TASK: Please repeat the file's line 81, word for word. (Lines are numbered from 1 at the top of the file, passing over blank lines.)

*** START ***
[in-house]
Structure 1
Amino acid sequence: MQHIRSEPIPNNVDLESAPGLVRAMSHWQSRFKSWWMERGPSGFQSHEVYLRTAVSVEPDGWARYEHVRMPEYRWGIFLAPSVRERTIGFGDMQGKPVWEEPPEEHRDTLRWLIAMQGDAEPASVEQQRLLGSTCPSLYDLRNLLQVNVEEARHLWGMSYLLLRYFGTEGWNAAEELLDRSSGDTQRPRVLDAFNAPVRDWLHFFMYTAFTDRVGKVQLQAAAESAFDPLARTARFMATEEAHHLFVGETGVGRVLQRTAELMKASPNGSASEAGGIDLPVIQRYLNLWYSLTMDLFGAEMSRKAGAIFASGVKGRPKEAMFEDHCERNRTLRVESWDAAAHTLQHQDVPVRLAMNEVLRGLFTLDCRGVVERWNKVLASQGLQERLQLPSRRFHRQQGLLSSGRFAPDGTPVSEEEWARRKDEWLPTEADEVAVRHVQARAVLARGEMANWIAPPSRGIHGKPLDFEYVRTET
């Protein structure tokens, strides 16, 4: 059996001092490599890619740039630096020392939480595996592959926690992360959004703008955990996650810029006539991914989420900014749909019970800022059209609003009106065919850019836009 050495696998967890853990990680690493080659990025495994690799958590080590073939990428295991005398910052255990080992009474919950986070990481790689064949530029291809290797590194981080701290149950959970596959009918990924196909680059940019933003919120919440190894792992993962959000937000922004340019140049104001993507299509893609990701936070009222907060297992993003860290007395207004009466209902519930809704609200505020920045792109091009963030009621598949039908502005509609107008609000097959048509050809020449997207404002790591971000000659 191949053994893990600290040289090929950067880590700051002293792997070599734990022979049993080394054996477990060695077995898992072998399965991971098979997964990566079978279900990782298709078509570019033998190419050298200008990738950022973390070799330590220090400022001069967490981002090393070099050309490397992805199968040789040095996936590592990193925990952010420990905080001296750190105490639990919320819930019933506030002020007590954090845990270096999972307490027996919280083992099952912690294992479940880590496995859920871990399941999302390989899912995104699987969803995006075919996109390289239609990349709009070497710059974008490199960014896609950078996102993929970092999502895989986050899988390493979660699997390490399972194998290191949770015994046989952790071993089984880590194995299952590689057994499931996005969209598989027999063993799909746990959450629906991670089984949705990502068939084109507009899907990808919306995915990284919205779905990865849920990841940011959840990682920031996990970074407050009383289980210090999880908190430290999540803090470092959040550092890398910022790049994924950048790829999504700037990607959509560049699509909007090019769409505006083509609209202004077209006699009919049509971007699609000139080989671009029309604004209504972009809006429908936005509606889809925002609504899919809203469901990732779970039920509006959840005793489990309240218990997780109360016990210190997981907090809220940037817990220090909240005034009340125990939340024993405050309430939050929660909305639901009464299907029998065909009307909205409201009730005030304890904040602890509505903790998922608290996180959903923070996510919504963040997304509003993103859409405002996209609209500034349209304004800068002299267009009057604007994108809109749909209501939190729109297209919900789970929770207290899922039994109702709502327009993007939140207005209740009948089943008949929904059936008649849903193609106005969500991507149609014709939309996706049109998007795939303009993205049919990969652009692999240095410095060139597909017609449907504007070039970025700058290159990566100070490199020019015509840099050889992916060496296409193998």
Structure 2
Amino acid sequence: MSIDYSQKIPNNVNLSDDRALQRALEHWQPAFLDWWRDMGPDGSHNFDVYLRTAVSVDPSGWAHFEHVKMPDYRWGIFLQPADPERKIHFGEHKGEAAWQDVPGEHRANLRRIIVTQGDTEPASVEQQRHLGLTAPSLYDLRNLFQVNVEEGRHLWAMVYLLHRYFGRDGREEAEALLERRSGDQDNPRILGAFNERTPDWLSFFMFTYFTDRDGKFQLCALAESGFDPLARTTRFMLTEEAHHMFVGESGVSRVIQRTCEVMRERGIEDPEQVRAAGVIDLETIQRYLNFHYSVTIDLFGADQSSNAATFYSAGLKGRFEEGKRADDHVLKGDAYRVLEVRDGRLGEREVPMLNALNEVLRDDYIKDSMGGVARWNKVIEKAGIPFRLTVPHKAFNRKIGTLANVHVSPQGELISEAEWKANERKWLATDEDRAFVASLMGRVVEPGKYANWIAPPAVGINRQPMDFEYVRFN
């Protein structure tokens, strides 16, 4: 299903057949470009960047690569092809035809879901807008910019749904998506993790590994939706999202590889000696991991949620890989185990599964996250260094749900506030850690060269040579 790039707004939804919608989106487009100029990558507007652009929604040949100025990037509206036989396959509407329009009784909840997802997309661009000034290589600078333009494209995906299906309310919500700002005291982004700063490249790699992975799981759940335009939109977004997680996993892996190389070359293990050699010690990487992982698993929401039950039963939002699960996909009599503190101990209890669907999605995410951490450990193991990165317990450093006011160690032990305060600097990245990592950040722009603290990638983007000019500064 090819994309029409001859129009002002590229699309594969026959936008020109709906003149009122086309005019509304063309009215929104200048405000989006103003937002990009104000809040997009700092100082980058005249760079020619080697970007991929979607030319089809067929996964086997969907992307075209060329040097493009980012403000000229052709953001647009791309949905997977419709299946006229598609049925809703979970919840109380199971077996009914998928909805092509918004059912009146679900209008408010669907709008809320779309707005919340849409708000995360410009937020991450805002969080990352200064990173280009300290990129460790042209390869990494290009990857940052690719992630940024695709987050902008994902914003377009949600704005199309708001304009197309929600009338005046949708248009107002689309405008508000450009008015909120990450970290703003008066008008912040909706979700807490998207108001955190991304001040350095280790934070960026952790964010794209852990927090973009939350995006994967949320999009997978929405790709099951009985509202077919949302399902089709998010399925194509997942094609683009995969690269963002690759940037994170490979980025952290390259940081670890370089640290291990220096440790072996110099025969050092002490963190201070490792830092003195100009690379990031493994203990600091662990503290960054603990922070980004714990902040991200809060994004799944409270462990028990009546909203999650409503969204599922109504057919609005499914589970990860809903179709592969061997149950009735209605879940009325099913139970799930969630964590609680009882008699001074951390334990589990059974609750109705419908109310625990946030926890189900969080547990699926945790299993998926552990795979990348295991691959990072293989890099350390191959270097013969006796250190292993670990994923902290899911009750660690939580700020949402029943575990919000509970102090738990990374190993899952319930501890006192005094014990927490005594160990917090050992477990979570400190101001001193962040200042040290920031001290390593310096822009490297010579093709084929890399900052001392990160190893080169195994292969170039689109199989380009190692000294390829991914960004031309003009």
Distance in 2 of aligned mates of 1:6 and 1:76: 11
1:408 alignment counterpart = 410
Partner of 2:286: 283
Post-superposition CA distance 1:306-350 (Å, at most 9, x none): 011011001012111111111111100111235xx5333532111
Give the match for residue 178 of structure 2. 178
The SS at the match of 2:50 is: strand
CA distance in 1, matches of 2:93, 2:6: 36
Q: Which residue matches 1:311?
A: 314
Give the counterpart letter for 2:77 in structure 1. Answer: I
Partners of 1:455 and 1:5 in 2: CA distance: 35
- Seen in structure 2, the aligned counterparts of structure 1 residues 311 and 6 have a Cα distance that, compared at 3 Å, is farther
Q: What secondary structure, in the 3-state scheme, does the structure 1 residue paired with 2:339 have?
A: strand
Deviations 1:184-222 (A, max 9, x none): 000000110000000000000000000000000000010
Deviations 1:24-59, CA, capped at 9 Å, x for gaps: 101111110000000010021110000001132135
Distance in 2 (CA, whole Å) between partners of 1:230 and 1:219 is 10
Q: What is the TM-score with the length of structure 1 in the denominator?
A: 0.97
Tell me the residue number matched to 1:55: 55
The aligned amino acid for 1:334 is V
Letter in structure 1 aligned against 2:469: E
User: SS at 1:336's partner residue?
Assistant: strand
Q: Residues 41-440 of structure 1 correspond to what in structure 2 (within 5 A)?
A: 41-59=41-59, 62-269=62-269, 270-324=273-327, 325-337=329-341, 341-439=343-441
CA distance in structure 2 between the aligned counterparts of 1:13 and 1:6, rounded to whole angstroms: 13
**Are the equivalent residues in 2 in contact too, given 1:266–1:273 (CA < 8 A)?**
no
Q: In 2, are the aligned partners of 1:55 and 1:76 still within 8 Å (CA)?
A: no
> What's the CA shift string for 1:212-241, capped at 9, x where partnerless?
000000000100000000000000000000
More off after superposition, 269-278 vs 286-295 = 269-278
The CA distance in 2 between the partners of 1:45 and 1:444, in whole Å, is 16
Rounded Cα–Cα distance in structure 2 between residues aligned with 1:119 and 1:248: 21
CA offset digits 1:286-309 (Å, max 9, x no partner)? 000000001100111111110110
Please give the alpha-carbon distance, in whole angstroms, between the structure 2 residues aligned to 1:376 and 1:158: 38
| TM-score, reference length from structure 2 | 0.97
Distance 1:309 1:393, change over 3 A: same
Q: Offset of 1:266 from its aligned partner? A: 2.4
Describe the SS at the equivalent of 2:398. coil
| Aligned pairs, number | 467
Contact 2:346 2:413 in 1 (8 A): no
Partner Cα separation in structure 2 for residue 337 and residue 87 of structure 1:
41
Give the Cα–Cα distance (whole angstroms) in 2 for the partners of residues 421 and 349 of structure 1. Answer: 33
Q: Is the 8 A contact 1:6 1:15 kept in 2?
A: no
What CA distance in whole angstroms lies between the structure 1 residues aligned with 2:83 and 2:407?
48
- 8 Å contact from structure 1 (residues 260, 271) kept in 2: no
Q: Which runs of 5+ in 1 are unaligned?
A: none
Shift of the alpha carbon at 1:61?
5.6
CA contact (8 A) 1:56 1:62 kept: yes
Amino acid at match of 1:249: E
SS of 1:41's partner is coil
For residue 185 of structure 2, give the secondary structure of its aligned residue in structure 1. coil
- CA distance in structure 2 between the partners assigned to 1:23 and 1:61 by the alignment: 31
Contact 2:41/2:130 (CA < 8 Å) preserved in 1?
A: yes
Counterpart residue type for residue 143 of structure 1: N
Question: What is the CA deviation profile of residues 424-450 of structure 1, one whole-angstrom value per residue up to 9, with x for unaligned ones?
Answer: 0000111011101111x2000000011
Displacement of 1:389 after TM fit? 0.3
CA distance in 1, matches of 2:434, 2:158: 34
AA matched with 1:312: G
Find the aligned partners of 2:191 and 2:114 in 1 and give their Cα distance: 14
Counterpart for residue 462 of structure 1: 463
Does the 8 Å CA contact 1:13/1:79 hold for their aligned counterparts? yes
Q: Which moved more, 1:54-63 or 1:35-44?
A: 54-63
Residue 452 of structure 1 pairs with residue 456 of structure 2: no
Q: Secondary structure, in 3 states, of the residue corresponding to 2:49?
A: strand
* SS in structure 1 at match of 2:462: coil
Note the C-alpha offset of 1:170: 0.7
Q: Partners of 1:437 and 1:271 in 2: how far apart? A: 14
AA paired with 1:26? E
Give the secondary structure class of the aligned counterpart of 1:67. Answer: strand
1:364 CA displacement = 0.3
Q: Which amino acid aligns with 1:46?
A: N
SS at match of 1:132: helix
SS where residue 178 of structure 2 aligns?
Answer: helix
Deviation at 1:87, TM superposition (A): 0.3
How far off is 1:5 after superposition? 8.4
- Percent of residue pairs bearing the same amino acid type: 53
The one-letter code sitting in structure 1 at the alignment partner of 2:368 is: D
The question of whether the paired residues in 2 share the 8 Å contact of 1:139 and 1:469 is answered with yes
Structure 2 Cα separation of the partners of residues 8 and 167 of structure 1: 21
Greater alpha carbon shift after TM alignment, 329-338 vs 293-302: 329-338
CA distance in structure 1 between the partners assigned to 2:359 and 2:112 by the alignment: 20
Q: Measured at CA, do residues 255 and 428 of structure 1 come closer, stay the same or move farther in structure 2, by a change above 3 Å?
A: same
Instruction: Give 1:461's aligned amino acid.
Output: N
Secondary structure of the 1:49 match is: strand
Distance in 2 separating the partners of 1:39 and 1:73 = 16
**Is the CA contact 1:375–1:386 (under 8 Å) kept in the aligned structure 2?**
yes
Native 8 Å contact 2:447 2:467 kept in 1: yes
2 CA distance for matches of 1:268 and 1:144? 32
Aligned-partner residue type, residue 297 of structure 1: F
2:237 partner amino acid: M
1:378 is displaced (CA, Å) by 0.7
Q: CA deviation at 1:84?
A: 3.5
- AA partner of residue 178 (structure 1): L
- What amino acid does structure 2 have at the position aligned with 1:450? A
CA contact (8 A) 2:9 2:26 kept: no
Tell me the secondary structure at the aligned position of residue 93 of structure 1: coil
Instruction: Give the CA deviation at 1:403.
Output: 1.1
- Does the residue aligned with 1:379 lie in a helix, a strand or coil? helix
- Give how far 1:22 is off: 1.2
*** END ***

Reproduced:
A: 54-63